“That money is pretty much my life savings… I hope you find it in everyone’s best interest to pay off the smaller investors first… before there’s a restructuring,” DiCicco continued.

Phoenix’s Travis Rodgers said that during numerous phone calls to Celsius Network two days before depositor accounts were suspended, he was told there was no risk to customer assets and that there was zero chance of bankruptcy. Rodgers said he recorded several of those calls. He said his Celsius holdings total $40,000 across 11 cryptocurrencies.

The weekly Ask Me Anything events that Mashinsky hosts on YouTube have been referenced in several letters, including one from Stephen Richardson, who listed the many ways in which he believes Mashinsky misled the public in order to attract new customers into to lure the program.

Richardson said he has watched AMA every Friday since signing up.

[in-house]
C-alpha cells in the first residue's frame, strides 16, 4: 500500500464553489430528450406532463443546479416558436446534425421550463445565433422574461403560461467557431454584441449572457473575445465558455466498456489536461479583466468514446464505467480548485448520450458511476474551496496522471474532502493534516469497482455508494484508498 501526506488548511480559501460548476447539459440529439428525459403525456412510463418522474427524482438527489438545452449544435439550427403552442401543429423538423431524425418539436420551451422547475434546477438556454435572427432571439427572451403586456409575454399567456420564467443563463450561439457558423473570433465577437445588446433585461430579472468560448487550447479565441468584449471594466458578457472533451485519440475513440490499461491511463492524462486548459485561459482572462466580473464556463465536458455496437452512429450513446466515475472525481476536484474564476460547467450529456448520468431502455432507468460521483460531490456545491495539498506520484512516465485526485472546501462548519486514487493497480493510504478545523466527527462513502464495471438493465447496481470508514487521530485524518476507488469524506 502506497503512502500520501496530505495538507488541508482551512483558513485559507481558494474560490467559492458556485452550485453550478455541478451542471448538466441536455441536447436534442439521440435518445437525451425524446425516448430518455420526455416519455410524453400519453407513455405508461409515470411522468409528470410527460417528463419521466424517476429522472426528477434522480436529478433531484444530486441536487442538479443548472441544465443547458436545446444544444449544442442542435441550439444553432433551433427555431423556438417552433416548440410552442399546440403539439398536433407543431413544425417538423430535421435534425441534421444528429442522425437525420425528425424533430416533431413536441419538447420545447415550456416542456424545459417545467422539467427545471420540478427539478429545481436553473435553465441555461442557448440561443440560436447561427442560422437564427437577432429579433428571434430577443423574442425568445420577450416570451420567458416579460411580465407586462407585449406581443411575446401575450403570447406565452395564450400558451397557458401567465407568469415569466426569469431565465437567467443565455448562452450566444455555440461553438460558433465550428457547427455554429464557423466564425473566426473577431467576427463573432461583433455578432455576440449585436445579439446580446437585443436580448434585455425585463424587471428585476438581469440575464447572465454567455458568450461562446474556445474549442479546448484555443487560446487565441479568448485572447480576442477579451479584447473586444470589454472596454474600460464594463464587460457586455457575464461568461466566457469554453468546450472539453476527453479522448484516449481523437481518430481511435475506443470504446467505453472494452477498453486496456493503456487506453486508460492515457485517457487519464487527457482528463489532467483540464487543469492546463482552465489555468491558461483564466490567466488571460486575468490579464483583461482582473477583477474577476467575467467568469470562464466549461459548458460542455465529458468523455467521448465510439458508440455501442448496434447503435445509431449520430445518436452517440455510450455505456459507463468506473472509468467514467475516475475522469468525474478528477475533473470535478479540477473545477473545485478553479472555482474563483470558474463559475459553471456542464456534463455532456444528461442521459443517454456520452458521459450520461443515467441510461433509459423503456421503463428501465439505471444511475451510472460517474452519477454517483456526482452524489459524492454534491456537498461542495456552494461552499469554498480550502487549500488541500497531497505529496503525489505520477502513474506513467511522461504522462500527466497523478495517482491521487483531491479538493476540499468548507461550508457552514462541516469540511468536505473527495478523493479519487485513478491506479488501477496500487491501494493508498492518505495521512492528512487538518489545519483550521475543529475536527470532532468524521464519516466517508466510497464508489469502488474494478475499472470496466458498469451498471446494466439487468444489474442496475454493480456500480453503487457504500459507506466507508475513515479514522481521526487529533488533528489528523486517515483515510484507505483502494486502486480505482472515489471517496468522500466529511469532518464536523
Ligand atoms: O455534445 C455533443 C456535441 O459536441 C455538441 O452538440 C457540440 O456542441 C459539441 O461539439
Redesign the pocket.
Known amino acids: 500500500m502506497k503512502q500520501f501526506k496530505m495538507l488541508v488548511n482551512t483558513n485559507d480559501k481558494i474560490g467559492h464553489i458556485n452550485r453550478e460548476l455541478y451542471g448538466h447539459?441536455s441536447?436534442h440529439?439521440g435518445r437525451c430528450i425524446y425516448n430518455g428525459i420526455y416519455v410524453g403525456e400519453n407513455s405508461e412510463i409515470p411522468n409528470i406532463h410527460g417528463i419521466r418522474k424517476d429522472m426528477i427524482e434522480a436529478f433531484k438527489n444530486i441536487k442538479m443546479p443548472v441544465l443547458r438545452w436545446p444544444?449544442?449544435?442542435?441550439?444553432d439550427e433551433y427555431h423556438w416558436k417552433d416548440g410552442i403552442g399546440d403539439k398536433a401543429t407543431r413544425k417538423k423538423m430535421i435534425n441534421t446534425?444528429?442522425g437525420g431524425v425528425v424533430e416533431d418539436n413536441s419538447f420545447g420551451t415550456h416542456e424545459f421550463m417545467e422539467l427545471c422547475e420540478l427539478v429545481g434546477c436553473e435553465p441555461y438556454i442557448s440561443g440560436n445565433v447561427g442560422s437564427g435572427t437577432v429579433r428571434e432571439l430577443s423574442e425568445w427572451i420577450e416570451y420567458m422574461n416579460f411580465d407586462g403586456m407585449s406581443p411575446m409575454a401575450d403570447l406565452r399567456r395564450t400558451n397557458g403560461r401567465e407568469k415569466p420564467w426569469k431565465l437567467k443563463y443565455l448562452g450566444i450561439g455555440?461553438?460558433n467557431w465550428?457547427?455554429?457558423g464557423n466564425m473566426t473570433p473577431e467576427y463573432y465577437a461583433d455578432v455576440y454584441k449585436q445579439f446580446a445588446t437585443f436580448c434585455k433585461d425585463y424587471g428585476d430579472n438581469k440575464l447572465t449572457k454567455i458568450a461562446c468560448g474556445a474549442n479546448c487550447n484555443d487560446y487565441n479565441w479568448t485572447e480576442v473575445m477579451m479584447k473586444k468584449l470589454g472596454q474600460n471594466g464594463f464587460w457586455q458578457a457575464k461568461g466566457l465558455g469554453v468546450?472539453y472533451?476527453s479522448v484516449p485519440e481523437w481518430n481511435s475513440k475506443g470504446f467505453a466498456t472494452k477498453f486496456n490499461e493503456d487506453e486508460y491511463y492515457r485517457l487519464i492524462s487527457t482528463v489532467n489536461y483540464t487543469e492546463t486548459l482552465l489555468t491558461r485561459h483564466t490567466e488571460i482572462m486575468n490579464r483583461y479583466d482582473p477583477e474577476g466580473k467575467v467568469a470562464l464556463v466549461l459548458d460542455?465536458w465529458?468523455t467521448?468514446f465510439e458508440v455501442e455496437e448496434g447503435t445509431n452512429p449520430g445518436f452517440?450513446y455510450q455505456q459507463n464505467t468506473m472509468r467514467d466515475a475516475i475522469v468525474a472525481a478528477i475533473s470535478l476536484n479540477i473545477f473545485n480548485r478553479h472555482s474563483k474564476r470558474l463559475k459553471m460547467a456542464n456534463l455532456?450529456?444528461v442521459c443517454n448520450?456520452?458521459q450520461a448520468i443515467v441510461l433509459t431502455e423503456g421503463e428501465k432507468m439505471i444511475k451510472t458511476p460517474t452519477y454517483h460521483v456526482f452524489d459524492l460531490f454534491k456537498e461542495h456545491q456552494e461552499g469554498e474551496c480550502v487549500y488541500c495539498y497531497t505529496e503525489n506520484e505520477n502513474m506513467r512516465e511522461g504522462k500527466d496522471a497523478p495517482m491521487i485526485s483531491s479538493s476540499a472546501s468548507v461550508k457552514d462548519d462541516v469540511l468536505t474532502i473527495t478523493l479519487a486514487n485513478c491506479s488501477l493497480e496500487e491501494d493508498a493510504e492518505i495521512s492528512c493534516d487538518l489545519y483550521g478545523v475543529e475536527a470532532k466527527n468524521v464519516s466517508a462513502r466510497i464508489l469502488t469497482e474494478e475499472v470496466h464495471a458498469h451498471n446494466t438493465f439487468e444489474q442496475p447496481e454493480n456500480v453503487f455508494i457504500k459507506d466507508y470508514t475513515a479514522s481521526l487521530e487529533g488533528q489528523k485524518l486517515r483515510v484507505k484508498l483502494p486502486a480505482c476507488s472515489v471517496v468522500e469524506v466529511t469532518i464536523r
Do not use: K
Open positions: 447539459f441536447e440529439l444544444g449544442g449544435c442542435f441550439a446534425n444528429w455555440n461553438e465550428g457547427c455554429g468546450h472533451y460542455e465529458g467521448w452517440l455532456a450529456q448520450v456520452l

“Alex would talk about how Celsius is safer than banks because they supposedly don’t take on new mortgages and use fractional-reserve loans like the banks do,” Richardson wrote. “I currently have six figures locked in crypto in my Celsius account that cannot be withdrawn, although just hours before withdrawals were shut down, Alex claims that nobody has a problem withdrawing from Celsius and that everything you do hearing the opposite, just ‘shit’ is. [fear, uncertainty and doubt].”

Some said they even contemplated suicide if they don’t get their money back.

Australia’s Katie Davis asked the judge to return the $138,000 she and her husband stranded on the Celsius platform.

“The thought of losing so much money is terrifying,” Davis wrote.

“If I don’t get this back I will end my life as the loss will greatly affect my family and I,” she wrote.

Mashinsky did not immediately respond to CNBC’s request for comment.

If you or someone you know is in crisis, call the National Suicide Prevention Lifeline at 800-273-8255.